Main definitions of bib in English

: bib1bib2

bib1

noun

  • 1A piece of cloth or plastic fastened round a child's neck to keep its clothes clean while eating.

    • ‘The embroidery on show includes clothing, bras, bibs and covers for the baskets the Dong people used to carry their babies around while they are working.’
    • ‘He removed the grey bib from around my neck and handed me a piece of white tissue.’
    • ‘Other than that, I got a lot of clothes, and bibs.’
    • ‘On a less emotional level, they found that cloth bibs were often scattered all over the house - and usually ended up in places where they weren't needed, such as an upstairs bedroom.’
    • ‘I watched as she got out this thermos flask of hot water and this bottle of milk and a plastic bowl of baby food and spoons and bibs, and went through this complicated preparation procedure.’
    • ‘Given that children smear food into their hair, their ears, along the table, and on you, the small area of protection afforded by the bib is laughable, really.’
    • ‘And this morning, he insisted that Po should wear a bib, and should sit up at his little table to have breakfast with him.’
    • ‘Mummy, you did remember to pack the bibs, didn't you?’
    • ‘At the cutlery and condiments counter, besides the usual articles you will also find plastic baby bibs, cups, beakers, bowls and spoons, which customers are welcome to use.’
    • ‘Through the production company, I've written three books, and I have a small line of T-shirts, umbrellas, kids clothes, and bibs.’
    • ‘I dressed him into a multicolored striped body suit after bathing him and I took him downstairs and put on his bib with the frog on it and fed him mashed apples, formula, and rice.’
    • ‘Families who complete the study get to keep the camcorder they are provided to record their babies' behavior, plus bibs, t-shirts and other promotional items.’
    • ‘Other free items being handed out will include baby bibs warning of the health effects smoking has on babies, balloons, car air fresheners and other colourful items to attract the attention of smokers.’
    • ‘Some were adorned with beads and flowers or wore little hand-knit caps; others had bibs with cartoons and white, ruffled baby hats.’
    • ‘She bounced on his lap in a pouting way, but eventually stopped when he put her baby bib, the plastic ones that come with the kid's meals, around her neck.’
    • ‘Eventually, they see beyond the white walls, white chair, and white bed, to the jeans strewn on the floor, the soiled baby bibs, the jars of organic rice pudding.’
    • ‘He was wearing a baby blue diaper, and a bib with a yellow star on it.’
    • ‘One such gadget is a plastic baby bib that has a reservoir at the bottom to collect mistargeted food items.’
    • ‘Articles such as disposable diapers, bibs, clothing, etc. are disclosed.’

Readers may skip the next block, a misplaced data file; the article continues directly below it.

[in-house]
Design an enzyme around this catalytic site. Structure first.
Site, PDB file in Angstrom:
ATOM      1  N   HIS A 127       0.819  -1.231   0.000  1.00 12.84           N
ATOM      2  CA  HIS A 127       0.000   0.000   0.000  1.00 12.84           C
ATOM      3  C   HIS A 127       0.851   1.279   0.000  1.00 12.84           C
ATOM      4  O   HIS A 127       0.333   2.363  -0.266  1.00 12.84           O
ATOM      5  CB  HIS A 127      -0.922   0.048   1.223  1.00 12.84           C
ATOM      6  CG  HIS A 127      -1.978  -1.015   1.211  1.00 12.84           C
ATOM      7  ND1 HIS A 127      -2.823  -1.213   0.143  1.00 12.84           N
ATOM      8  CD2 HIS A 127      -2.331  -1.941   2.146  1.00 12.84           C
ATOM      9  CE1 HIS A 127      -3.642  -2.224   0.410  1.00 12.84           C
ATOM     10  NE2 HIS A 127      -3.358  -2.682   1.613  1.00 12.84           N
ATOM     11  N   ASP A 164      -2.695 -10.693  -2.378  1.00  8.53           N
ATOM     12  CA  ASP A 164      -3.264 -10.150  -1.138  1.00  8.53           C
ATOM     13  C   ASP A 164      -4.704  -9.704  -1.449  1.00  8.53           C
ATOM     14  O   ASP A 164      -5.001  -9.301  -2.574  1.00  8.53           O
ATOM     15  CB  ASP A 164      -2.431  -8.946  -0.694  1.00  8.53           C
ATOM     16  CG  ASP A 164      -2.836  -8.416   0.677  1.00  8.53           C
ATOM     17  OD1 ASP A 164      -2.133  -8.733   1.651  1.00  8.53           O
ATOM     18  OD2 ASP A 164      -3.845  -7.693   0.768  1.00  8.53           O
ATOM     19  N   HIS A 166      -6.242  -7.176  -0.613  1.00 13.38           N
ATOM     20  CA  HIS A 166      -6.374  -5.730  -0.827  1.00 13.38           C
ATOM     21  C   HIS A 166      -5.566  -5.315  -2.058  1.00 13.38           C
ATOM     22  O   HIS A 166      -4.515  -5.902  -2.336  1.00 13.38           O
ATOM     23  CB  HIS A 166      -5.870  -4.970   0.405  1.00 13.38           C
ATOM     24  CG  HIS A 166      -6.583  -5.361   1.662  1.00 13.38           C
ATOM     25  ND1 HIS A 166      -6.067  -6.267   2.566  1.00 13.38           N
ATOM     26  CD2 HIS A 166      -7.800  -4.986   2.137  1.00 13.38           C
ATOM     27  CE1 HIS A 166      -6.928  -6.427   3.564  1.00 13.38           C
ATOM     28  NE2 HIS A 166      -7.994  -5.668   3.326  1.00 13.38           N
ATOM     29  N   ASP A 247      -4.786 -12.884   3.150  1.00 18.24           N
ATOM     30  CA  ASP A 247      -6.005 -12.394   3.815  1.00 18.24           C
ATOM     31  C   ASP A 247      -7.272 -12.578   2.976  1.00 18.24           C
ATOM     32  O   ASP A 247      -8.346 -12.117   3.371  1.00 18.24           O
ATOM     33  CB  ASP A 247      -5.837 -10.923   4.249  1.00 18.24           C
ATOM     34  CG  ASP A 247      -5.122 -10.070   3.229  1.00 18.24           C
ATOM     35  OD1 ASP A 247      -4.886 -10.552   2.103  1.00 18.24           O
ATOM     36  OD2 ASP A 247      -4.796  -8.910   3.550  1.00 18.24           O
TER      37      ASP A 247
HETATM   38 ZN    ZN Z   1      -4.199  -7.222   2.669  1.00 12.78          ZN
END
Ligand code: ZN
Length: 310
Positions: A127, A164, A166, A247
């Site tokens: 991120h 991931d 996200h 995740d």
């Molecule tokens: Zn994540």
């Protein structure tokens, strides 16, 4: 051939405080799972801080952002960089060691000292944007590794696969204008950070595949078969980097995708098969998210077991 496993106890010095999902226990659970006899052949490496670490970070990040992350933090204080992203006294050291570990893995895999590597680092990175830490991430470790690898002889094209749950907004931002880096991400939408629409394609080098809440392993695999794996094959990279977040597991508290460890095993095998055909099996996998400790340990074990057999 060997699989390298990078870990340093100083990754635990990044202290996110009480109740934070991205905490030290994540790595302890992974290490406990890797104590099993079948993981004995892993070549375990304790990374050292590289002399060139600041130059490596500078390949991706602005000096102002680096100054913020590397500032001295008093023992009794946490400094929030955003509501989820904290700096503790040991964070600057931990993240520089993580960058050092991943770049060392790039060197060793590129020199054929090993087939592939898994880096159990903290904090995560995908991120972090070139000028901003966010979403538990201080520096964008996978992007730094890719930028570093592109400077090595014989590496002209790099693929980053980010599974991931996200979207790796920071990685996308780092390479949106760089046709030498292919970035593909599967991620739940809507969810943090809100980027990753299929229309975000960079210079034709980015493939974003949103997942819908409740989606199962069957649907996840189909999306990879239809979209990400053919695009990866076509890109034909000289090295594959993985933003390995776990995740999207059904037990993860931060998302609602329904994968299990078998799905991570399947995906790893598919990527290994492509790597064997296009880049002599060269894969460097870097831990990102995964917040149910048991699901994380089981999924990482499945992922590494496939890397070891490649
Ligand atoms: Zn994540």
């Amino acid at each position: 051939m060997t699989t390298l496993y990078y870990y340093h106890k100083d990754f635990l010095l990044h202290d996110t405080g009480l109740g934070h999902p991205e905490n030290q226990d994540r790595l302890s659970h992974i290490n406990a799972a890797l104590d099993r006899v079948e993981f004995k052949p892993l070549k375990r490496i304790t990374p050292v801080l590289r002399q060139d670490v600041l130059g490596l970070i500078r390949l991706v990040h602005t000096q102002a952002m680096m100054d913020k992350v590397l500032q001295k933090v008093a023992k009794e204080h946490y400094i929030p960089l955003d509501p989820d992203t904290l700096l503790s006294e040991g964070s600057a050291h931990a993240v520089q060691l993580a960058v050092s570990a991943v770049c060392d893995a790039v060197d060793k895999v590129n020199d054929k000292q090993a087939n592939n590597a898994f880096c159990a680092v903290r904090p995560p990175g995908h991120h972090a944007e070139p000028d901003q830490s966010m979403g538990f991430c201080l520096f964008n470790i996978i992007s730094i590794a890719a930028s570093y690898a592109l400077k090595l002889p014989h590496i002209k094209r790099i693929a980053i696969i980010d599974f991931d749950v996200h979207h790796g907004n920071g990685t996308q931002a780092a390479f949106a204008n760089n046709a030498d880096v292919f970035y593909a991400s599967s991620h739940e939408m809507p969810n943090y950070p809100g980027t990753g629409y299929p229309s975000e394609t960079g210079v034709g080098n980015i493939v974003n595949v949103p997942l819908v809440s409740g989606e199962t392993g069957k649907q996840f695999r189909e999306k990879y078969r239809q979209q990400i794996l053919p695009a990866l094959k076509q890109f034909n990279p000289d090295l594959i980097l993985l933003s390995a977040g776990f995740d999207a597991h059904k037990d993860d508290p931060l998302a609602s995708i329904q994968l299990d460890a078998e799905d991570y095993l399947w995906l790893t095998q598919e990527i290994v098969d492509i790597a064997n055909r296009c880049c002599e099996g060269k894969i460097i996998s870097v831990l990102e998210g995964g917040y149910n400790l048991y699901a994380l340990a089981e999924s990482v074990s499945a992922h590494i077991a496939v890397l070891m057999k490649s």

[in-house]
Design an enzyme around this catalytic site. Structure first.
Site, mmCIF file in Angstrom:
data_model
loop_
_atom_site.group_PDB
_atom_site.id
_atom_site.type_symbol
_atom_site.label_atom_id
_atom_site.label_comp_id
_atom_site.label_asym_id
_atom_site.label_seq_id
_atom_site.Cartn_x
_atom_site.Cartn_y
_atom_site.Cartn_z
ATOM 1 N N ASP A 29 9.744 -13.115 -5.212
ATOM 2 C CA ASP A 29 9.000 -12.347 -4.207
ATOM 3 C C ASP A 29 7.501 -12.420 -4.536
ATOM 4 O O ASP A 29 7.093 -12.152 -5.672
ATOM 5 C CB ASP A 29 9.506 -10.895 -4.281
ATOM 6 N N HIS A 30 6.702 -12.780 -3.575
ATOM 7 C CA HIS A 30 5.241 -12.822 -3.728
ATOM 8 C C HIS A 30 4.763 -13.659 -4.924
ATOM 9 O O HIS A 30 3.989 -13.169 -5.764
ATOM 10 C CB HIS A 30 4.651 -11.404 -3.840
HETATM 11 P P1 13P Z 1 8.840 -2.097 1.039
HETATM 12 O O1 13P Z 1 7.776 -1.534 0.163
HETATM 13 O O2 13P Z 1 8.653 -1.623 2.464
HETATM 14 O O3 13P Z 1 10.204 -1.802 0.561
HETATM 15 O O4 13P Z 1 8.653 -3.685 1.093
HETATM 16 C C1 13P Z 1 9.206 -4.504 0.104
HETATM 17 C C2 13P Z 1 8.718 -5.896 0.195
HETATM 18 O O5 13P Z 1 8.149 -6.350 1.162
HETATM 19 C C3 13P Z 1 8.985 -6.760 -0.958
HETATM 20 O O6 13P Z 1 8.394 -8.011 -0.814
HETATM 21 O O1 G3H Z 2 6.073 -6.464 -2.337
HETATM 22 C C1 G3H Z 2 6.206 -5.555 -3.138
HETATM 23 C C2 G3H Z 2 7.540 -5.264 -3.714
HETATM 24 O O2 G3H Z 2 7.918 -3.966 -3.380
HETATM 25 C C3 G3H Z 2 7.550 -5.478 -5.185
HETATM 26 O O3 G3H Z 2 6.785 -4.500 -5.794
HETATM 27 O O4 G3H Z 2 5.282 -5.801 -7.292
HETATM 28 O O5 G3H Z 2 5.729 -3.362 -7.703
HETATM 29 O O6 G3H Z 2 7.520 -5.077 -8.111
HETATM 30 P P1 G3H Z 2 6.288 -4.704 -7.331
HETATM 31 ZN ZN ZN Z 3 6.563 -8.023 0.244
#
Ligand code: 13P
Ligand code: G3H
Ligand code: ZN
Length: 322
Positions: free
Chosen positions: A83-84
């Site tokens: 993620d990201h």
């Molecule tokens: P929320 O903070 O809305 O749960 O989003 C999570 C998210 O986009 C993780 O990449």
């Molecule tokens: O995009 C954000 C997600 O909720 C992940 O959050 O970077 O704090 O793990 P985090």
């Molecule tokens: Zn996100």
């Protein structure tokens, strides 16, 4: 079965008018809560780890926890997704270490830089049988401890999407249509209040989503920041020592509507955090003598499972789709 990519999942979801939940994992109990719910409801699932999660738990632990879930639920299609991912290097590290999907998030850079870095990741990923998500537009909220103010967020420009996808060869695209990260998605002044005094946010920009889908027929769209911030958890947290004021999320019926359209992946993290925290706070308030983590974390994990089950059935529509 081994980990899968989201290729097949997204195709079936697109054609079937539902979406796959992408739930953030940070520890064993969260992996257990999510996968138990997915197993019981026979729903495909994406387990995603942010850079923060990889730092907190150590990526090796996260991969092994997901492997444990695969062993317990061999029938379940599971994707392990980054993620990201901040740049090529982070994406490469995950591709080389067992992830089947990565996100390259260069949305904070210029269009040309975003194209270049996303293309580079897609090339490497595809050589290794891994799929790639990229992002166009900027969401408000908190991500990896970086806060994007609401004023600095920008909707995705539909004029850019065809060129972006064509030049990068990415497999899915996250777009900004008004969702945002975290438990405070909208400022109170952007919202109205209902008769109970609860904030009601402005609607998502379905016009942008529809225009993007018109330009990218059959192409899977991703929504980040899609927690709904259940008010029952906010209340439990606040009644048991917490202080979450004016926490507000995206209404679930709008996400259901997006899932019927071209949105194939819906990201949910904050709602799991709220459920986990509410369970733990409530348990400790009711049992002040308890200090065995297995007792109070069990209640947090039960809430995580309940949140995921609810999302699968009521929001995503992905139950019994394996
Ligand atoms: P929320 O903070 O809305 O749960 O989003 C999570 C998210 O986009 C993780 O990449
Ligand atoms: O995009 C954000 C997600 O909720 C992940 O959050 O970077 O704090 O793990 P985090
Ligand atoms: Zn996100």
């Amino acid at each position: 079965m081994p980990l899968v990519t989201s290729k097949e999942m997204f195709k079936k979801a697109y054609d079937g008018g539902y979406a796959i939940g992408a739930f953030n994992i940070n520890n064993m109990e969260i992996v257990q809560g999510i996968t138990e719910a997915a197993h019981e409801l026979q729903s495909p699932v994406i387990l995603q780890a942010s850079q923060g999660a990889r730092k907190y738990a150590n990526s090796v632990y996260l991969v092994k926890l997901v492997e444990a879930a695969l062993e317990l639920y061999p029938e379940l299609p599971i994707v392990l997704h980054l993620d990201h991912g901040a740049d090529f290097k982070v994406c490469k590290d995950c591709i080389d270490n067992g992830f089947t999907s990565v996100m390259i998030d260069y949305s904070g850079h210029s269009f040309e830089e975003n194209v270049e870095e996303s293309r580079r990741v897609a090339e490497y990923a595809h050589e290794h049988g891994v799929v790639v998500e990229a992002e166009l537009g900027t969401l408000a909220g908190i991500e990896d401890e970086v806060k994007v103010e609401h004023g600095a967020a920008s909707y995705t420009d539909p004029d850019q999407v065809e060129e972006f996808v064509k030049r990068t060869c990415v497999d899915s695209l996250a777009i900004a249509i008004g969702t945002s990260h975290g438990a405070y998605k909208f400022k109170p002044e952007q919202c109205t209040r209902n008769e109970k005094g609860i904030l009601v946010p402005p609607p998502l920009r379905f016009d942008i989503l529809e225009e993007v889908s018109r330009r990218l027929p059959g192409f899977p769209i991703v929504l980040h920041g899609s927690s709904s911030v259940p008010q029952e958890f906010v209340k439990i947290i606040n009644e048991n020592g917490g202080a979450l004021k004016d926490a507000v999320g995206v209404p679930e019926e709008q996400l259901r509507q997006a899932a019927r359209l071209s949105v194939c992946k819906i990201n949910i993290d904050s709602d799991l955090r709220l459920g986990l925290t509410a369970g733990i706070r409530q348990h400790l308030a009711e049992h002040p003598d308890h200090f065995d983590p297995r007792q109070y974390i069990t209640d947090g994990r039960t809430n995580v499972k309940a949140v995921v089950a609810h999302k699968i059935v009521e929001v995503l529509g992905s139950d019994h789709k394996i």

• ‘He launched the company in the 1990's to produce disposable baby bibs.’
    1. 1.1 A loose-fitting sleeveless garment worn on the upper body for identification, especially by competitors and officials at sporting events:
      ‘the sponsor's name printed on our bibs’
      • ‘There they had to swap their individually coloured bibs with their team mates who then cycled as far as Sheffield Cross.’
      • ‘The teams - in orange, blue or green bibs - are each a deliberate mixture of first-team regulars, substitutes and fringe players.’
      • ‘Still, it might make them enough money to buy a new set of floodlights or training bibs.’
      • ‘As well as the award, which is given for outstanding contribution to football, the school was given new training bibs and footballs, and will also be given support by the FA.’
      • ‘Even with the Ireland team, when bibs are handed out, you know what the starting line-up will be, by the bib colour.’
      • ‘After crossing the checkpoint line, an official punched the appropriate spot on my bib, indicating the completion of the first section, and then pointed me towards the food.’
      • ‘They were not allowed through checkpoints without the bib and computerised chip given to every registered entrant.’
      • ‘The project has already been kitted out with 400 footballs, 14 goals, bibs, cones and ball sacks.’
      • ‘As a Novice licence holder, you must race wearing an orange bib.’
      • ‘The first hour on Wednesday saw a procession of men dressing in bibs of a bilious yellow passing calmly and majestically behind the bowler's arm.’
      • ‘But her name was printed on the front of her numbered bib, and all along the course, people lining the streets called her name.’
      • ‘New winners slipped on yellow leader bibs as the first World Cup ended in Milan after a day of unexpected results.’
      • ‘Each bag contains everything the young players will need to hone their skills - two portable goals, four corner flags, 50 pitch markers, a speed agility ladder, footballs and training bibs.’
      • ‘Well, put on a bib and join the blue side, he was told.’
      • ‘The classes involve jogging, sprinting, star-jumps, stomach crunches and push-ups with participants wearing a numbered bib, allowing easy identification should you need to be shouted at.’
      • ‘Hundreds of airport workers wearing fluorescent yellow bibs were looking out from every available window, or they were atop lorries and vans, or any object they could find, to give them a better view.’
      • ‘I spotted a cleaner sporting a plastic bib with the words Tourist Attractions emblazoned across it.’
      • ‘It was a low-key event, but we did wear bibs and it was timed.’
      • ‘They will arrive at the third World Cup wearing the yellow leader bib and having the prestige of being Britain's most successful crew this season.’
      • ‘One night last December in Beaver Creek, he was hanging out in the village plaza awaiting the announcement of the starting draw and handing out of race bibs for the next day's downhill race.’
    2. 1.2 The part above the waist of the front of an apron or pair of dungarees.
      • ‘My mother walked over to me, wiping her hand on the bib of her apron, and placed her right palm over my forehead, checking for a fever.’
      • ‘Her apron bib was high to the collar in front, and fastened with straps which crossed at the back.’
      • ‘Margarite’s heart was beating like a drum under her apron bib.’
      • ‘Sue had made a special holder inside the bib of his dungarees.’
      • ‘"You get on with it, Charley," said she, giving him the can and fishing a spoon from the interior of her apron bib.’
      • ‘On her shoulders she wore a small dark-colored fichu that crossed upon her breast, which was also covered by the large bib of her apron.’
      • ‘But some of the silk eveningwear was fit for the most glamorous of parties, apron bibs floating across the chest then twisting into straps over the shoulders and asymmetrically across the back before dripping into a train.’
      • ‘Her apron bib had a strap that went around her neck and the waist strings were tied behind her back.’